- Rev. Benjamin Chase, "1846 interview with Ona Judge Staines", The Liberator, 1 January 1847, at President's House website, US History, accessed 1 April 2012
- The President's House in Philadelphia, US History.org
- Rev. T.H. Adams, "Washington's Runaway Slave", The Granite Freeman, 22 May 1845, at President's House website, US History.org, accessed 1 April 2012
- Postilion Joe's wife Sarah took the surname Richardson after she was freed by Washington's will. As a "dower slave," Joe could not be freed by Washington.
- "Pennsylvania's Gradual Abolition Act (1780)", President's House of Philadelphia, US History.org
- Edward Lawler Jr.,. "Washington, the Enslaved, and the 1780 Law". President's House of Philadelphia. US History.org. Retrieved 11 February 2011.
- 1788 amendment, President's House of Philadelphia, US History.org
- Gen. Philemon Dickinson House
- "Washington's Runaway Slave", The Granite Freeman, Concord, New Hampshire (May 22, 1845); carried at President's House in Philadelphia, Independence Hall Association, accessed 11 February 2011
- Gerson, Evelyn. "Ona Judge Staines: Escape from Washington". Retrieved 2012-11-17.
- George Washington to Oliver Wolcott, Sept. 1, 1796
- Joseph Whipple to Oliver Wolcott, October 4, 1796, Library of Congress
- Washington to Whipple, November 28, 1796.
- Eva Gerson, "Ona Judge Staines: Escape from Washington", 2000, Black History, SeacoastNH
- Jackson & Twohig, Diaries, vol. 4, p. 278. Note: Delphy is listed as "6 yrs. old" in the February 18, 1786 Mount Vernon slave census.
- Washington, D.C. Land Records, Liber H, #8, p. 382; Liber R, #17, p. 288, as quoted in Henry Wiencek, An Imperfect God: George Washington, His Slaves, and the Creation of America (New York: Farrar, Straus and Giroux, 2003), p. 383, n.13.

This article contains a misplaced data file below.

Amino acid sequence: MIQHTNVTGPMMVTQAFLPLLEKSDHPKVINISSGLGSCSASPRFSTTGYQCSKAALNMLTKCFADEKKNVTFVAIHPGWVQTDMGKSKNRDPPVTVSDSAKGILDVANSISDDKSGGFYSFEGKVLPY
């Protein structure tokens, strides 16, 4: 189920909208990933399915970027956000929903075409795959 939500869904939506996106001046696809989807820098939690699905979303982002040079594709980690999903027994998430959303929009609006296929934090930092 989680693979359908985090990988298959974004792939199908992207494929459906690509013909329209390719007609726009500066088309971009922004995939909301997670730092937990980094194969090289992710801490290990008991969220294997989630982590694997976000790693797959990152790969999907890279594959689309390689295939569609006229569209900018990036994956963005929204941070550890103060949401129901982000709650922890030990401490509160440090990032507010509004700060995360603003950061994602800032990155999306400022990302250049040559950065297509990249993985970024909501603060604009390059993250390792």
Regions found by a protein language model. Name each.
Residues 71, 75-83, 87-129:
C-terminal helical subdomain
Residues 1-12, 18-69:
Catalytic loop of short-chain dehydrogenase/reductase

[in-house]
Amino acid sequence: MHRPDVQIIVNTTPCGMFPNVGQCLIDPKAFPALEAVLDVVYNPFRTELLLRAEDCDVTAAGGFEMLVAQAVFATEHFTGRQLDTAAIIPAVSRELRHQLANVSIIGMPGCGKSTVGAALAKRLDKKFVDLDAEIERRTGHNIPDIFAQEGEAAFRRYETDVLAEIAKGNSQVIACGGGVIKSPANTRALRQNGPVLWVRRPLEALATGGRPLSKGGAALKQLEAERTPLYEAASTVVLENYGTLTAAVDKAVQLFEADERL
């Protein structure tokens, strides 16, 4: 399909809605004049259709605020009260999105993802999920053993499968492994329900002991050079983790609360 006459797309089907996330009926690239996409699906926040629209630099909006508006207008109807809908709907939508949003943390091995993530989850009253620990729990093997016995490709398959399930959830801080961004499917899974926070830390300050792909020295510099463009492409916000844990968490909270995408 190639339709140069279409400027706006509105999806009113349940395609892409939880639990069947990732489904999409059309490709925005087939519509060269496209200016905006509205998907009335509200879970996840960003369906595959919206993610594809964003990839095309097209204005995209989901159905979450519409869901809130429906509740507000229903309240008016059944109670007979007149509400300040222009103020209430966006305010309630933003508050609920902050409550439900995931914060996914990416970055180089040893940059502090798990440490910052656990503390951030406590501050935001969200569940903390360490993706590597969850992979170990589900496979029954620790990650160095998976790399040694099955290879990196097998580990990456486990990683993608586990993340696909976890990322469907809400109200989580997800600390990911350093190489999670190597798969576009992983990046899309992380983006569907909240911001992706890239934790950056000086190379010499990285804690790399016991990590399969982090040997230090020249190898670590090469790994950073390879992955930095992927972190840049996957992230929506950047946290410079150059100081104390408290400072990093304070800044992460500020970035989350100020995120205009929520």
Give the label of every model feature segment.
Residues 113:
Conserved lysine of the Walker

- Fritz Hirschfeld, George Washington and Slavery: A Documentary Portrayal (University of Missouri, 1997), pp. 112-17.
- Evelyn Gerson, A Thirst for Complete Freedom: Why Fugitive Slave Ona Judge Staines Never Returned to Her Master, President George Washington (M.A. thesis, Harvard University, June 2000), p. 130
- "Washington's Runaway Slave", The Granite Freeman, Concord, New Hampshire (May 22, 1845), President's House, Independence Hall Association, US History.org, accessed 11 February 2011
- Last Will and Testament of George Washington, George Washington Collection, PBS
- The numbers of "Washington" and "dower" slaves come from the 1799 Mount Vernon slave census., George Washington Papers, University of Virginia
The names of the "dower" slaves inherited by each of the Custis grandchildren have never been published, which has created an obstacle for genealogists and people trying to research their family history.
- The legal status of a child born following an enslaved mother's escape to another (free) state was the same as if that child had been born in the mother's native (slave) state. The U.S. Constitution protected the property rights of the slaveholder, which superseded the rights of the child's father. See U.S. Supreme Court, Jones vs. Van Zandt (1847).
- Stephan Salisbury, "City honors Washington's slave - and 'power of archaeology'", The Philadelphia Inquirer, February 26, 2008, at President's House of Philadelphia, US History.org
- "Slave's escape commemorated at President's House", The Philadelphia Inquirer, May 21, 2010
- "The President's House: Freedom and Slavery in the Making of a New Nation", City of Philadelphia, accessed 11 February 2011
- "Drunk History vol. 3".
- Mechal Sobel's The World They Made Together: Black and White Values in Eighteenth Century Virginia, Princeton, NJ: Princeton University Press, 1987
- "Two 1840s Articles on Oney Judge", The Granite Freeman (1845) and The Liberator (1847), at President's House website, US History
- (Video) Silent No Longer: The Story of Oney Judge, Philadelphia Inquirer
Works related to George Washington's correspondence with Joseph Whipple at Wikisource